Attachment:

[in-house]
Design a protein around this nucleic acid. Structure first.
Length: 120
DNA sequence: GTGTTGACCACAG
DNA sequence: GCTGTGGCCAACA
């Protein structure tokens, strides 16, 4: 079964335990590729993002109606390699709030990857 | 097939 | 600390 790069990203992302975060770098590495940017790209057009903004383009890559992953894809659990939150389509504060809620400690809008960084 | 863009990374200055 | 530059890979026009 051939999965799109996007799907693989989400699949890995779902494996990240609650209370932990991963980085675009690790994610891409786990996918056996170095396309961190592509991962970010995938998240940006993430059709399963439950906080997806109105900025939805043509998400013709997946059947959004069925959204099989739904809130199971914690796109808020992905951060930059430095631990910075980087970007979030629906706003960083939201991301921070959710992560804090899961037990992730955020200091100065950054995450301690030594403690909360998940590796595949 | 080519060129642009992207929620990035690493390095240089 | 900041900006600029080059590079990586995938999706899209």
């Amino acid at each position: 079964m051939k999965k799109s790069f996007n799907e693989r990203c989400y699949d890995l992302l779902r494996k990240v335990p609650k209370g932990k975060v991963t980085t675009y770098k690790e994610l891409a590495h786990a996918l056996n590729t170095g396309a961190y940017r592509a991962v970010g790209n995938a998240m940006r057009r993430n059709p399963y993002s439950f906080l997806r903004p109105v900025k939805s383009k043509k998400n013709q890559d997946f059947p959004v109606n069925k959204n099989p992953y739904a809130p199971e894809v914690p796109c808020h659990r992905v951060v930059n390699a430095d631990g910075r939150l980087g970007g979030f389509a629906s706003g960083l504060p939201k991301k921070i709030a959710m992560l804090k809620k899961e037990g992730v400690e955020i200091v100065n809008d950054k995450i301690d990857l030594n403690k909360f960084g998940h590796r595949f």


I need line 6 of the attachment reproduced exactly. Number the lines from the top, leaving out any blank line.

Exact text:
């Protein structure tokens, strides 16, 4: 079964335990590729993002109606390699709030990857 | 097939 | 600390 790069990203992302975060770098590495940017790209057009903004383009890559992953894809659990939150389509504060809620400690809008960084 | 863009990374200055 | 530059890979026009 051939999965799109996007799907693989989400699949890995779902494996990240609650209370932990991963980085675009690790994610891409786990996918056996170095396309961190592509991962970010995938998240940006993430059709399963439950906080997806109105900025939805043509998400013709997946059947959004069925959204099989739904809130199971914690796109808020992905951060930059430095631990910075980087970007979030629906706003960083939201991301921070959710992560804090899961037990992730955020200091100065950054995450301690030594403690909360998940590796595949 | 080519060129642009992207929620990035690493390095240089 | 900041900006600029080059590079990586995938999706899209």